The World Wildlife Foundation International (WWF International), where Prince Phillip, Duke of Edinburgh, Consort of Queen Elizabeth II, is the executive chairman of the organization, also provides a joint effort to conserve wildlife. Through his kindly support, Prince Phillip graciously granted the initial fund for the foundations set up. The program has also caught the interest of and drawn collaboration from other nations and international organizations as well.

(ELP 2) On March 18, 1999, Her Majesty the Queen granted and audience to Prince Henrik, Consort of Queen Margreth II of Denmark, at Bhumisathien, Bang Pa In Palace, to present medical supplies such as ػóԧź ػó֡еԴҧ¤׹


Elephant Reintroduction

Seven years after implementing the Elephant Reintroduction Program, it is evident that the twenty-four domesticated elephants released at Doi Pha Muang Wildlife Sanctuary Area, Kaeng Ka Charn National Park and Mae Wa-Mae Wok National Park have adjusted themselves and are getting along with the natural environment. Some of them have permanently returned to their homeland, whereas the others are kept in Natural Reserved Forest, Lumpang province, and have taken physical recovery before being let back to their homeland.


January 14, 1997 Her Majesty the Queen graciously released the first 3 elephants, Pang Bualoi, Pang Malai and Pang Boonmee to the Doi Pha Muang Wildlife Sanctuary Area after they fully recovered to a good condition

February 10, 1998, Her Majesty the Queen secondly returned two elephants to the Doi Pha Muang Wildlife Sanctuary Area in Lumpang Province

March 18, 1998 Pang Sungwal and Pang Noi got Her Majestys compassion in returning into the forest

February 18, 1999 Ex-Governor of Lampang Province and Director of the World Wildlife Foundation International (Thailand) presented Pang Kammool and Plai Song, to Her Majesty the Queen. The cow elephant and her young boy were adopted into elephant reintroduction program since then.

February 19, 1999, Her Majesty the Queen returned two elephants to the Doi Pha Muang Wildlife Sanctuary Area in Lumpang Province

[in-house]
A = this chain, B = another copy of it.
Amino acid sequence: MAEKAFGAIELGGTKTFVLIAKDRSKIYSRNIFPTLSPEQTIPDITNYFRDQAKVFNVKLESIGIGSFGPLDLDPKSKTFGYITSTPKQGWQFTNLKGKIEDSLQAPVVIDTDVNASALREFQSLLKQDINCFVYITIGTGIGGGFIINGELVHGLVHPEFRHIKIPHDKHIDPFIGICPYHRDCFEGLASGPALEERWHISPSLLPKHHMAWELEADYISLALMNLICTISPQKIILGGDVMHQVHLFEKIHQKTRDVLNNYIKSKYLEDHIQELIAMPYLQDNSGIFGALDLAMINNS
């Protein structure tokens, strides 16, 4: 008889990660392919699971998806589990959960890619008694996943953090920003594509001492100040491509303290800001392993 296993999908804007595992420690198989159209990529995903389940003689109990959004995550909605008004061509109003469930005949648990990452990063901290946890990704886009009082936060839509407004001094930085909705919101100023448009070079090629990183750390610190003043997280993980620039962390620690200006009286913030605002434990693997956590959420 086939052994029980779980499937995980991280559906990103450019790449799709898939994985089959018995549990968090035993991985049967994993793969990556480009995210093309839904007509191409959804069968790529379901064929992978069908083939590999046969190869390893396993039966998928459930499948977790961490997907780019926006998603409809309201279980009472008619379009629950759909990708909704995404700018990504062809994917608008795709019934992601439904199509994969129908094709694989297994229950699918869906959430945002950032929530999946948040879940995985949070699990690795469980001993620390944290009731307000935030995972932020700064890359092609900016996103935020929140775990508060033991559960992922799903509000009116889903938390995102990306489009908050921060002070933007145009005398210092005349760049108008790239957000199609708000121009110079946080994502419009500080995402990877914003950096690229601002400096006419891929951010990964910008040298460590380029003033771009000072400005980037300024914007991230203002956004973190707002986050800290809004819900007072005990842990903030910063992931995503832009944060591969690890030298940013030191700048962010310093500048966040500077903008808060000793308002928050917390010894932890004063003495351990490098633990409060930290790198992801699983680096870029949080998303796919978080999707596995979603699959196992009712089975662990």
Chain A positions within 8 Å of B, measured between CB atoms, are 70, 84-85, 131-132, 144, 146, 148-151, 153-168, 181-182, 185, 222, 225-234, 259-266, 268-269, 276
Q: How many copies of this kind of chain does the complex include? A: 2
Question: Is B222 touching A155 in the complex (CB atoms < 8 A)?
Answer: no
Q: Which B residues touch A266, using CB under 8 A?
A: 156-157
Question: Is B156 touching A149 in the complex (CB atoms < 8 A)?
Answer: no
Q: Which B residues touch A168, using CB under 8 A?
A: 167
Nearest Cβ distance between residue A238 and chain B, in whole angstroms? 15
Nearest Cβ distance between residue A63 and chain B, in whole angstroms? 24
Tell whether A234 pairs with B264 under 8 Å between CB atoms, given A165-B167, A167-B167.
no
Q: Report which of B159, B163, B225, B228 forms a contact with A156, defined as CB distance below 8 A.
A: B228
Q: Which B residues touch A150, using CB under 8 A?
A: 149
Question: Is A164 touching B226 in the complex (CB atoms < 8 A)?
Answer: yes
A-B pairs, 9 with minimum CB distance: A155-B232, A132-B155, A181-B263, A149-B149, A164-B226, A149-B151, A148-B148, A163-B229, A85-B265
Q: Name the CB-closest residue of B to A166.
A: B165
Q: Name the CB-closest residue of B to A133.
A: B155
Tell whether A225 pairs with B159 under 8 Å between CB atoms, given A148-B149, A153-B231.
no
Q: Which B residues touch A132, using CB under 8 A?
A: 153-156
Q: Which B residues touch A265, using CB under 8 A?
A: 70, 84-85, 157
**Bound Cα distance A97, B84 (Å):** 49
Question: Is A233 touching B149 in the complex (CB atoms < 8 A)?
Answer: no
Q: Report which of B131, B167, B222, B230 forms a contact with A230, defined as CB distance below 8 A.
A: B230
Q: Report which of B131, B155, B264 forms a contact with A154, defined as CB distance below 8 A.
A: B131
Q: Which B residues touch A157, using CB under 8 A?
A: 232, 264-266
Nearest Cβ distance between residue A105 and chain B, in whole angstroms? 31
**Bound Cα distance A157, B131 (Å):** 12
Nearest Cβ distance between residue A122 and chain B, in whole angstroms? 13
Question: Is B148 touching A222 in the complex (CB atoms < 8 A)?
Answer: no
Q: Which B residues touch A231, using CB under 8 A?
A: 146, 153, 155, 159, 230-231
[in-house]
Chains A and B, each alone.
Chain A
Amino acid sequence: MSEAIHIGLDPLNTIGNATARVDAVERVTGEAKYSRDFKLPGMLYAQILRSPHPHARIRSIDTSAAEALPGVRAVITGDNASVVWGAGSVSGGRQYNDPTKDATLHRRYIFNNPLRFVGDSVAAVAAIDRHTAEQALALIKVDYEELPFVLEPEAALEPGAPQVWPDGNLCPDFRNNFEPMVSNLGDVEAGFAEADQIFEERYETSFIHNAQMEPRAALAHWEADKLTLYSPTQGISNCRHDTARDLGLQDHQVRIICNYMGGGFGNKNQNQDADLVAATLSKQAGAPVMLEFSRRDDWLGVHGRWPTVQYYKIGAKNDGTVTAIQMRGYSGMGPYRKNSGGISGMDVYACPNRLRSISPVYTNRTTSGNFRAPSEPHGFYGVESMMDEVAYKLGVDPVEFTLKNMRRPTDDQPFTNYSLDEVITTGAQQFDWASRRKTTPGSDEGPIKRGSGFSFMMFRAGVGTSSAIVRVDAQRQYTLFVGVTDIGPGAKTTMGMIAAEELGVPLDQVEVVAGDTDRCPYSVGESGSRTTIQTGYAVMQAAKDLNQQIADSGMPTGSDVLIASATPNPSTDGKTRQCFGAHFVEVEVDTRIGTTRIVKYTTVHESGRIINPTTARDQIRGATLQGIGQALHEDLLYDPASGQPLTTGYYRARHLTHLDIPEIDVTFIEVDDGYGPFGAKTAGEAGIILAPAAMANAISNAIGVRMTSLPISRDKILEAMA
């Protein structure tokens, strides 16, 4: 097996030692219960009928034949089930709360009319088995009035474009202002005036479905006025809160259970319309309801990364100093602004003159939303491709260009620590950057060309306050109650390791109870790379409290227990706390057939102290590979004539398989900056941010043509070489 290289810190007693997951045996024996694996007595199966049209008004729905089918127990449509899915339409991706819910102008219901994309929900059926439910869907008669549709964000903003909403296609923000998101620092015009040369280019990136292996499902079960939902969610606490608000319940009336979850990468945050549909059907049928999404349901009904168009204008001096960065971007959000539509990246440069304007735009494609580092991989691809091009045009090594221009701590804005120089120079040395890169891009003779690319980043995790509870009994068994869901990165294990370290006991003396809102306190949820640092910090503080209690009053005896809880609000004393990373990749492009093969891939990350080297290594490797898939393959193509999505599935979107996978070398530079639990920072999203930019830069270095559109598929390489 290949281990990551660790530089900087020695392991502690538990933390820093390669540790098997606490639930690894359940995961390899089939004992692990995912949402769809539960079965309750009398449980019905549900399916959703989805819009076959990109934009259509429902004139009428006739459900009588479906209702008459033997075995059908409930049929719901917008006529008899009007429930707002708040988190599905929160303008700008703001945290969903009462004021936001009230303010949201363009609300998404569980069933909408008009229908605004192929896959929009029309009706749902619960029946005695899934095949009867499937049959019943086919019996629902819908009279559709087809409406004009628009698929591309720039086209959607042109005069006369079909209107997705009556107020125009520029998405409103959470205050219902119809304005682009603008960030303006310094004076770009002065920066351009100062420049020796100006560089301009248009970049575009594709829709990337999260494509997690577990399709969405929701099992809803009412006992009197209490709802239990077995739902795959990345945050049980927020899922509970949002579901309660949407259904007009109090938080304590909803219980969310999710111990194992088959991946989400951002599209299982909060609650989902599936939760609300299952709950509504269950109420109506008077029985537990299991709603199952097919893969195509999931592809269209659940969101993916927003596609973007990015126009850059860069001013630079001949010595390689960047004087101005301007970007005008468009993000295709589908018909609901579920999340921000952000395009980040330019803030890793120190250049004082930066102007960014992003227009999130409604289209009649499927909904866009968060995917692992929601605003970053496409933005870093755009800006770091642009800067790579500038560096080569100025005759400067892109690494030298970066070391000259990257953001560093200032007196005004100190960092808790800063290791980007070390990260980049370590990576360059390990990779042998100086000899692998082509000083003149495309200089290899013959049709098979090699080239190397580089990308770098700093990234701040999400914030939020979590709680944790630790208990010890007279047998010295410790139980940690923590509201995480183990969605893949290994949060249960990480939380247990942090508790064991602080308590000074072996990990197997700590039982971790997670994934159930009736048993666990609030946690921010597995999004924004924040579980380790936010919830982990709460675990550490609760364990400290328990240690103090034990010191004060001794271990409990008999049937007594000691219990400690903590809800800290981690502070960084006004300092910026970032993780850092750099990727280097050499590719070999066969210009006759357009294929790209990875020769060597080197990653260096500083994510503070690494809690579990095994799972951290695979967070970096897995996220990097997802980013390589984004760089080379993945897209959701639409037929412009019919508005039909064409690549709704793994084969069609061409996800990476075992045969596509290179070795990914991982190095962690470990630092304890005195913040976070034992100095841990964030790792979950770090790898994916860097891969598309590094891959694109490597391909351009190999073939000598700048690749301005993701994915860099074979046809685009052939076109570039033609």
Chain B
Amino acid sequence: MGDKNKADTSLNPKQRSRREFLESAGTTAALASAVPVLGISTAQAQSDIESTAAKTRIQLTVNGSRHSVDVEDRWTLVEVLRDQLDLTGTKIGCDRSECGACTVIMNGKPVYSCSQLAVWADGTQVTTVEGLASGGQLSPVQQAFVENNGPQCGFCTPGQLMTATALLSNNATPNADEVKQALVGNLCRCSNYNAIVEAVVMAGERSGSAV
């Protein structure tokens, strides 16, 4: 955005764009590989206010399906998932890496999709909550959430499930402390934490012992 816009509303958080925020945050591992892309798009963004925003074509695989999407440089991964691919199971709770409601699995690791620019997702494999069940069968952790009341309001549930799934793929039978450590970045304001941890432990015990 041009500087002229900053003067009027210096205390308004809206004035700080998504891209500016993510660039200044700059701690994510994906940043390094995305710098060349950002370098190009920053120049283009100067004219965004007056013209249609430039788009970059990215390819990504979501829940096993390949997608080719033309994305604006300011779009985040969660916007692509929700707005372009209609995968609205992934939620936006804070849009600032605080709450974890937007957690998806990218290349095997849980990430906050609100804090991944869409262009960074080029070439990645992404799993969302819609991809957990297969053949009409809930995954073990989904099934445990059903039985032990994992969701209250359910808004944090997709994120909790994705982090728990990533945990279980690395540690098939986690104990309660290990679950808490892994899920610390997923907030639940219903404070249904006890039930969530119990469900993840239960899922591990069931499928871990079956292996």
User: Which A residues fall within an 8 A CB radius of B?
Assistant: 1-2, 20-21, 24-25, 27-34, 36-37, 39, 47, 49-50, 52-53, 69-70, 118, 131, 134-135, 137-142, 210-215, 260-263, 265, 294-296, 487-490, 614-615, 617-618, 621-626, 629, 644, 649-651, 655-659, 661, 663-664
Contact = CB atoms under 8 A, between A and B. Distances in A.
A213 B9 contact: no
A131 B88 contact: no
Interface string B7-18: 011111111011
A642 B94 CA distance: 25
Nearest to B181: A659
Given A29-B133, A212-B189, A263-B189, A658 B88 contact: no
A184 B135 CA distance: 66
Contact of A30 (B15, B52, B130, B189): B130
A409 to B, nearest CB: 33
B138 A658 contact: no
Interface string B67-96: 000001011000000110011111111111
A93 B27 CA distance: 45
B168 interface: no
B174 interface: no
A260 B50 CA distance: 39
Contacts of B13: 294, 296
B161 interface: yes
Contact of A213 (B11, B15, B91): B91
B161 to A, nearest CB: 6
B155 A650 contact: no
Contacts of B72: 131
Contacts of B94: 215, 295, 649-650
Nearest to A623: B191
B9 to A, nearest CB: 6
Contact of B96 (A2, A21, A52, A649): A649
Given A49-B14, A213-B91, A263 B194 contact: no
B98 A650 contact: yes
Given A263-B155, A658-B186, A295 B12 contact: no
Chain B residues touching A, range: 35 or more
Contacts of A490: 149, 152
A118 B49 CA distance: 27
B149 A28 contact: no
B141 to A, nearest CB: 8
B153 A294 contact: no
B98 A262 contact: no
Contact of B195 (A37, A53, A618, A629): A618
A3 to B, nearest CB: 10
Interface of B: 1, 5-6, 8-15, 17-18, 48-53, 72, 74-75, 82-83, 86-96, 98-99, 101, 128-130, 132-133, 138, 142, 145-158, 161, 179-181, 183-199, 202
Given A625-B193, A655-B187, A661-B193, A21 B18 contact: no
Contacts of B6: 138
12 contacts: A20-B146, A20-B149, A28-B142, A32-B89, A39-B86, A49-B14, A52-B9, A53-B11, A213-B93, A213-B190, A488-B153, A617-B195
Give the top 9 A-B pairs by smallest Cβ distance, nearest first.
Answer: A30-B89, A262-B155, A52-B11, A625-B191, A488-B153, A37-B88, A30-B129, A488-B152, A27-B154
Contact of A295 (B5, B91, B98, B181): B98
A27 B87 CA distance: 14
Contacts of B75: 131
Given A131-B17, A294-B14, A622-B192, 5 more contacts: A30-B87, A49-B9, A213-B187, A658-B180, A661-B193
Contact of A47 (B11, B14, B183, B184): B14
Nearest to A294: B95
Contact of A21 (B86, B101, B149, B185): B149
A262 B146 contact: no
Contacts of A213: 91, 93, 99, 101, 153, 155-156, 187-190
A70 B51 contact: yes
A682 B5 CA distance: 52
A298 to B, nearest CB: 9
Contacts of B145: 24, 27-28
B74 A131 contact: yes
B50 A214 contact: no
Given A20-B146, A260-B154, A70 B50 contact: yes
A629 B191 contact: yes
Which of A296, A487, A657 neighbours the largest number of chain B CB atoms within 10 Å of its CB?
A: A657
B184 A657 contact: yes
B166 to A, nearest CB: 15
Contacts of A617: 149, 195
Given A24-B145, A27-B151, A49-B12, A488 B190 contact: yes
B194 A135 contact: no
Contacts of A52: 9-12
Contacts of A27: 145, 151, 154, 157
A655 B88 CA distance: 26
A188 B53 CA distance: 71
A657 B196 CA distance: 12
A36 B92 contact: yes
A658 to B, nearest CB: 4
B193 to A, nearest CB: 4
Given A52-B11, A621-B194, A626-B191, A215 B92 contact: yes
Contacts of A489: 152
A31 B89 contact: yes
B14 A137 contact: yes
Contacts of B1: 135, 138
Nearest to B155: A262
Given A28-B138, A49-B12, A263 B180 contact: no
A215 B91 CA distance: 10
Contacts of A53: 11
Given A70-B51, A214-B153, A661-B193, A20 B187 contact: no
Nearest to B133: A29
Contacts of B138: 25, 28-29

February 10, 2000 Thanks to Her Majestys Compassion, Sidoyali, Pang Boonma, Pang Khammool Yai, Pang Chumpi, Pang Thongbai, Pang Boonmee, Pang Kongma, Pang Bua Nguen and Pang Buatong are brought into the elephant reintroduction program. Currently, these nine elephants are under the physical recovering process.

Pang Durian, a young orphan whose mother had been killed by a shot, received the royal compassion to bring into the program on February 10, 2000. Pang Durian was brought up with babysitting elephants, Pang Bua Ngeun and Pang Buathong before returning to Kang Kra Charn National Park, Petchburi Province

............... 2000 Plai Sri Sakorn, an orphan elephant being wounded from a shot was presented to Her Majesty. Plai Sri Sakorn had been under medical treatment and lived with his three babysitters in Mae Yao National Lumpang province in order to adjust itself to natural forest.

February 10, 2001 To promote friendly ties between Thailand and Denmark, under royal command of His Majesty the King and Her Majesty the Queen, Her Royal Princess Maha Chakri Sirindhorn accompanied Queen Magreth II of Denmark and Prince Henrik on the royal visit to release a cow elephant Pang Boonrod into Doi Pha Muang Wildlife Sanctuary Area.

Elephant Reintroduction Foundation

Elephant Reintroduction Foundation
Elephant Reintroduction Foundation
888 I Tower Building, 18th Fl., Vibhavadi Rangsit Rd, Khwaeng Chatuchak, Khet Chatuchak, Bangkok 10900 Thailand.
Tel. (+66) 0-2512-2627-8 Fax. (+66) 0-2512-2629

E-mail : erf2545@gmail.com